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Various speakers at the recent Genomics Summit 2020 in the Aviva Stadium, Dublin, highlighted the need for a Government-backed genomics strategy.
Speaking to the Medical Independent (MI) at the event, Prof Owen Smith, Professor of Paediatric and Adolescent Medicine, University College Dublin (UCD), and Consultant Paediatric Haematologist at Children’s Health Ireland, Crumlin, said the development of such a strategy was important.
“The way it works in the Irish health system, you need to get the policy-makers to agree; that’s the Department of Health. Once that policy is made, then you can effectively put it in practice at the HSE,” he told MI.
Prof Smith, who addressed the conference, added that with such a strategy, “We can begin to roll-out what we can with genomics medicine or precision medicine to patients.”
“It should be staged; it’s not like we are going to do it for everybody. But… specific groups, like rare disease [groups], cancer groups,” he added.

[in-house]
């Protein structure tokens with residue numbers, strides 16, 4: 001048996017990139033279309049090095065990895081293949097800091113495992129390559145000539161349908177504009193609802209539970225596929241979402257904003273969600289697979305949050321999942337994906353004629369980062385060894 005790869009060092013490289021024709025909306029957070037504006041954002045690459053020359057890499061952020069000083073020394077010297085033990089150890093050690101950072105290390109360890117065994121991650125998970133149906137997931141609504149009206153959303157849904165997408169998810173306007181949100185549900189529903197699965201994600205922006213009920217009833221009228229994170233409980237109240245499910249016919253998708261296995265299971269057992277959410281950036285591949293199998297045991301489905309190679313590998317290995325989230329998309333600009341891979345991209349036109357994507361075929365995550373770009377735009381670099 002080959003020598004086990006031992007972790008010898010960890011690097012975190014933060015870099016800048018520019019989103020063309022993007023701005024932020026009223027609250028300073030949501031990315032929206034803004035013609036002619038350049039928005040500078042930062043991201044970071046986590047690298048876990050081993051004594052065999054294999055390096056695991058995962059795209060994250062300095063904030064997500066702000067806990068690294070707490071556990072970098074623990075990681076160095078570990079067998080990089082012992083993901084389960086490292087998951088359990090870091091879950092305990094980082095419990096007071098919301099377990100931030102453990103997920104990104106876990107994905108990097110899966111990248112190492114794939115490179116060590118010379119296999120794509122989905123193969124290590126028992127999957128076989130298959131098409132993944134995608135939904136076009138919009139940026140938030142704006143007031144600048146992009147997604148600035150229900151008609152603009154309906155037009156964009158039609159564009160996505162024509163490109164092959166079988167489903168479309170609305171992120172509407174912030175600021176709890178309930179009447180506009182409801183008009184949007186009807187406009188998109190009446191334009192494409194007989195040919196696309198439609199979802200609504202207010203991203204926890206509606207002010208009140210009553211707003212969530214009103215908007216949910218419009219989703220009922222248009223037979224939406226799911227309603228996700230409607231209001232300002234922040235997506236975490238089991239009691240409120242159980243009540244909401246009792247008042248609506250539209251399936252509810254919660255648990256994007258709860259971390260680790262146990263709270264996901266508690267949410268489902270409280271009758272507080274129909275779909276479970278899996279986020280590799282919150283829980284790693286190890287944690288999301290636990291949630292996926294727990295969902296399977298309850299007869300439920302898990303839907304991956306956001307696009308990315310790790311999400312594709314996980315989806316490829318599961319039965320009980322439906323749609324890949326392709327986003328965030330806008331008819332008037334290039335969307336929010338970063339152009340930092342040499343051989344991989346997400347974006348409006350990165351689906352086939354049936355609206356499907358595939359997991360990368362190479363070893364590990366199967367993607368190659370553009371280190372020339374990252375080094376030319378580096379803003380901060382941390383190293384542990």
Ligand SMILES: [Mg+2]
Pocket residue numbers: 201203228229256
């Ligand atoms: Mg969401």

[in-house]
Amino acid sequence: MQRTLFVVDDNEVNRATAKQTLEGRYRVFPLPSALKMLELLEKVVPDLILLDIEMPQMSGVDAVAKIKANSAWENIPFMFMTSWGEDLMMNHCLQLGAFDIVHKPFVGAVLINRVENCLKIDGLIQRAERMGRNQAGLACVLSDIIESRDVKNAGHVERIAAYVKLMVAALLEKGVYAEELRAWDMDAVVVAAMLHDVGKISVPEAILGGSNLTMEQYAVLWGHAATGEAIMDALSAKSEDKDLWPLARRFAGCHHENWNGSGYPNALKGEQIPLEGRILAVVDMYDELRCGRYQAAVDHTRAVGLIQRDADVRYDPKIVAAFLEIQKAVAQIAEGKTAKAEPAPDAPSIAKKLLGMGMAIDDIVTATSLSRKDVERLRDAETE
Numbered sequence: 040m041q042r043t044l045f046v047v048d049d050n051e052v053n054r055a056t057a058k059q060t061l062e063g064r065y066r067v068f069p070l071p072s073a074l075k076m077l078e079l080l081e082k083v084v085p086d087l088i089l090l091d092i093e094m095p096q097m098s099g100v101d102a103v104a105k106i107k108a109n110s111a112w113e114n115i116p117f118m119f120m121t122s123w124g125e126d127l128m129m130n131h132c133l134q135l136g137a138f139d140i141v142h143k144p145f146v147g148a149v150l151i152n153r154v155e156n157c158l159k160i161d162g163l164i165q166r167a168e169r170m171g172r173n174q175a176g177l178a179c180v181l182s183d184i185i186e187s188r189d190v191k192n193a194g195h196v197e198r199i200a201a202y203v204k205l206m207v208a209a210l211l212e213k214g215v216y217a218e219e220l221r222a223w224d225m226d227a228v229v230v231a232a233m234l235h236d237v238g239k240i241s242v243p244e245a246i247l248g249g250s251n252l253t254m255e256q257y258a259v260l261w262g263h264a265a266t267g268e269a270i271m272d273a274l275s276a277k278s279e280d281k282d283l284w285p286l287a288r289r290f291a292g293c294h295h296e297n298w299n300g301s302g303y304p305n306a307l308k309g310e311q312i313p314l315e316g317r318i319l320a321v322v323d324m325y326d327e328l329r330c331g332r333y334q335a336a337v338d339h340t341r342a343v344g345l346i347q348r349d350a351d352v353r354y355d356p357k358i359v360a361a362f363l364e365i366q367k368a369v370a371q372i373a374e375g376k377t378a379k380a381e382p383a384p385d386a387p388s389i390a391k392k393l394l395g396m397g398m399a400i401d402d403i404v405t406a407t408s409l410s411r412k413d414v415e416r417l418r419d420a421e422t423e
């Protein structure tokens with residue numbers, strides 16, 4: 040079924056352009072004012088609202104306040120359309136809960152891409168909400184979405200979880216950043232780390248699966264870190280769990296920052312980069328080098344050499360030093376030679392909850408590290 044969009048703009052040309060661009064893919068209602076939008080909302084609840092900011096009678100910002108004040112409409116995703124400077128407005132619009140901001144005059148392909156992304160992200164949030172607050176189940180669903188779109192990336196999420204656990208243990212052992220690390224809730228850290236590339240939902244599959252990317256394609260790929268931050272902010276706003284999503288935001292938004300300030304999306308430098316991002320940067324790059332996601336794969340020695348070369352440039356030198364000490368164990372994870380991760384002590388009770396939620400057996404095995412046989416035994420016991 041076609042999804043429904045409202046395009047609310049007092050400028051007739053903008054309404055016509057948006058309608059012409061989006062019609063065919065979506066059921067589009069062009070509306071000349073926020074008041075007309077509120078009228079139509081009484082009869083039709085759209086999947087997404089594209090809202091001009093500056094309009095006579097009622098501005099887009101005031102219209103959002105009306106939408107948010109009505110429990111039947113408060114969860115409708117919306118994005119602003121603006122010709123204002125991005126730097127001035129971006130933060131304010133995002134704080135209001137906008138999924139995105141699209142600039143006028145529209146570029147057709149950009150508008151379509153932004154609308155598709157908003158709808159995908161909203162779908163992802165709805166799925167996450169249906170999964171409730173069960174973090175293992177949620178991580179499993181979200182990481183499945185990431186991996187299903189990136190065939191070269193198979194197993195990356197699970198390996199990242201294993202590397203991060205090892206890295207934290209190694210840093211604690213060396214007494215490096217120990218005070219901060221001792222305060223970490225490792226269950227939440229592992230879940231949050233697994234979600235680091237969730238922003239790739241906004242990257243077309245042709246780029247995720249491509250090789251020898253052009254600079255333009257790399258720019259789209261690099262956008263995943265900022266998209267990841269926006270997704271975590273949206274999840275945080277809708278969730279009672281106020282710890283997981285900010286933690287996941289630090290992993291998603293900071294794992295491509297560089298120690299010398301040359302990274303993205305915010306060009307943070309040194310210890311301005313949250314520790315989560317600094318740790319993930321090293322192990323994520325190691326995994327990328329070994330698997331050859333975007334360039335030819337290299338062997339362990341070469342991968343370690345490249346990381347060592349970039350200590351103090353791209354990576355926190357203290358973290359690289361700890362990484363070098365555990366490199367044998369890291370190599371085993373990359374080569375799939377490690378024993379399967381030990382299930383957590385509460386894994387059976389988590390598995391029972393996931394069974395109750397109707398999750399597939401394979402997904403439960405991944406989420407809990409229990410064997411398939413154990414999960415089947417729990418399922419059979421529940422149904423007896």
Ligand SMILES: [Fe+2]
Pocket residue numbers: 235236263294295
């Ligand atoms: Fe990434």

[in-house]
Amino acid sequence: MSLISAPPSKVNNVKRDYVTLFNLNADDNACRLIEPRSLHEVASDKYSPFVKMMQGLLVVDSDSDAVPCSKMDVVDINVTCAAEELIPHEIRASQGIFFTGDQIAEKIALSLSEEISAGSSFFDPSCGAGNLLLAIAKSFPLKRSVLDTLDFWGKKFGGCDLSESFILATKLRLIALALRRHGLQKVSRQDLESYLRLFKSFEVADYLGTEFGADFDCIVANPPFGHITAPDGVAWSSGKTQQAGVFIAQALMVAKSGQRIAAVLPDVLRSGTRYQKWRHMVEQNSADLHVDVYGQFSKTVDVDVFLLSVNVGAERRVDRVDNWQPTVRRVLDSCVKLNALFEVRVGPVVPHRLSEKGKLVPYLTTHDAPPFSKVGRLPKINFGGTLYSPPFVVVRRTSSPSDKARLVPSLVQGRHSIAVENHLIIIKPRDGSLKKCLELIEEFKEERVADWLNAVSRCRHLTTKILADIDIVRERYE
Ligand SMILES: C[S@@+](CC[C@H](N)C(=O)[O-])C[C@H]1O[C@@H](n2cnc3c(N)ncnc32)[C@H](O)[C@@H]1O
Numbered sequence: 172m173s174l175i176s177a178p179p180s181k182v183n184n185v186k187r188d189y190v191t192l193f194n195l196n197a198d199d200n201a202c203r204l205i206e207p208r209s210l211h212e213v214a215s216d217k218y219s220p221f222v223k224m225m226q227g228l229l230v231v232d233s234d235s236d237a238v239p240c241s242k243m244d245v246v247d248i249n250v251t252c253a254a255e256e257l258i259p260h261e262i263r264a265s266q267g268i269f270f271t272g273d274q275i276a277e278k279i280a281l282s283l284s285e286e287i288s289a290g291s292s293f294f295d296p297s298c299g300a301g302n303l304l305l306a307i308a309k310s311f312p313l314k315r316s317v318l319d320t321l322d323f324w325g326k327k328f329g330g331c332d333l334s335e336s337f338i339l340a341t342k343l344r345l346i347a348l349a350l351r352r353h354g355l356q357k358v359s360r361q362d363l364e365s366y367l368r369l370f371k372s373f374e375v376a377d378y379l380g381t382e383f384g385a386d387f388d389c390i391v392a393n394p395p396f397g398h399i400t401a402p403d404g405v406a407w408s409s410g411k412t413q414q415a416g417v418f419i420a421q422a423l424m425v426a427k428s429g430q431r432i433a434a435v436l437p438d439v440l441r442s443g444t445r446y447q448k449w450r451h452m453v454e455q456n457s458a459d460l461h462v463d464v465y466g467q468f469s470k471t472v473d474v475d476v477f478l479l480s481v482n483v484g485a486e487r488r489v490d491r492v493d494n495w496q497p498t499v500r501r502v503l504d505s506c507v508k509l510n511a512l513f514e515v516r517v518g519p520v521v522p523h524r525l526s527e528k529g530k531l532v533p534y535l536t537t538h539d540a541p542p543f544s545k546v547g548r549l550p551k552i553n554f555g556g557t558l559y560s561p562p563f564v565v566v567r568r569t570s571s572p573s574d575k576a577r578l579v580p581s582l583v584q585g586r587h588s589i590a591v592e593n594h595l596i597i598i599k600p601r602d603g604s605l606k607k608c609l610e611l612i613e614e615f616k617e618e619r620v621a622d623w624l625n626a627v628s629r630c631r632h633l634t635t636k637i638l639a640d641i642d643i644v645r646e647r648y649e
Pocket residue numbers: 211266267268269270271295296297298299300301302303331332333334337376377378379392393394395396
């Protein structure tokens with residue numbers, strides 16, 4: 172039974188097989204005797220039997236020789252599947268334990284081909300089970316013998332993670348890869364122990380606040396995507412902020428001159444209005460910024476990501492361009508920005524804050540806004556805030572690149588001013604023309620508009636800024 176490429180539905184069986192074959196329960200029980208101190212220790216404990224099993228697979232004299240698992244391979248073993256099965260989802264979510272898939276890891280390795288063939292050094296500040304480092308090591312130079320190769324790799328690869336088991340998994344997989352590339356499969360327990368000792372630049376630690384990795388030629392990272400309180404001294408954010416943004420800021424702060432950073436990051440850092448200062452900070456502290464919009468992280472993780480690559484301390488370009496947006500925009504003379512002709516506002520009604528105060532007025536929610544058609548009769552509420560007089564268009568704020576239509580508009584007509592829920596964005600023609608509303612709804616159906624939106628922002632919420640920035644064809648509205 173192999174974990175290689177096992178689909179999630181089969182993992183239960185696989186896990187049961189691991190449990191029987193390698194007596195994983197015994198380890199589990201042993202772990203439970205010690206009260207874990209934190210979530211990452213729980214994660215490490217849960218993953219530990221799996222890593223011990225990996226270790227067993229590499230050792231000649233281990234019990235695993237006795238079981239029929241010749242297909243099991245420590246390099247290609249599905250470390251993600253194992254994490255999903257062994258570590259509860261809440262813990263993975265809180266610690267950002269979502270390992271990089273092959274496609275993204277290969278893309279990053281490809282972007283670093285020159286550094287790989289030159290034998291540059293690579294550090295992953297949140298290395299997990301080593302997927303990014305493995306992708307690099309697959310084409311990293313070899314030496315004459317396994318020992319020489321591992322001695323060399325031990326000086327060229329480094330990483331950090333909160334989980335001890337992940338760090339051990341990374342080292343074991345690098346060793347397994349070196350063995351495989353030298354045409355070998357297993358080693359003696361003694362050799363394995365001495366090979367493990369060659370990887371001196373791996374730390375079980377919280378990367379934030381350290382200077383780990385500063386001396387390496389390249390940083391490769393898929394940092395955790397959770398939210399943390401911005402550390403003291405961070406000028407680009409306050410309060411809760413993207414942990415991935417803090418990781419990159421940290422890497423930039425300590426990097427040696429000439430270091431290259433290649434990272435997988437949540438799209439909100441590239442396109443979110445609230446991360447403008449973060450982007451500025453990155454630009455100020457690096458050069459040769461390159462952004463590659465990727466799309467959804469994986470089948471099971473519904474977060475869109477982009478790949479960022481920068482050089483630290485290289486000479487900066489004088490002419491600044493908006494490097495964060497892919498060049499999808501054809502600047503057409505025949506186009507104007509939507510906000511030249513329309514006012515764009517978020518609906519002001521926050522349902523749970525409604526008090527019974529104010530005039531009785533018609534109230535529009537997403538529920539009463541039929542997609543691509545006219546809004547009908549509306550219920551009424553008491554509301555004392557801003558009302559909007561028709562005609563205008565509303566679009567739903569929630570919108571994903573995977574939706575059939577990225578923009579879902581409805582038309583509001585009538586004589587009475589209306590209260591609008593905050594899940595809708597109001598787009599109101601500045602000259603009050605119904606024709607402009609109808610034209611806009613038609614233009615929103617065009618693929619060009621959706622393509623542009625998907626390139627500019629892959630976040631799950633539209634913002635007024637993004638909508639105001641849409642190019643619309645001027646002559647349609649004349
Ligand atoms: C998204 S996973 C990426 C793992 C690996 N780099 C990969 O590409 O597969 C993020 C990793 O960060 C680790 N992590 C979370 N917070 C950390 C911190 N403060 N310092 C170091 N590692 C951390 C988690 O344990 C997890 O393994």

Prof Smith also told this newspaper the HSE would be seeking a clinical lead in this area in the coming weeks, which would help to progress genomics in Ireland.
“Progress is dependent on the recruitment of a Director for the National Genetic and Genomic Medicine Network,” a HSE spokesperson told MI.
“UCD are leading on the recruitment process.”
While there is a detailed description of the advertised position on the UCD website, it is also noted that the role will be “responsive to change”.
“The ongoing reform programme within the Health Service Executive may impact on this role and as structures evolve, changes in the job description may be necessary,” reads the job description.
The closing date for applicants is 24 February next.
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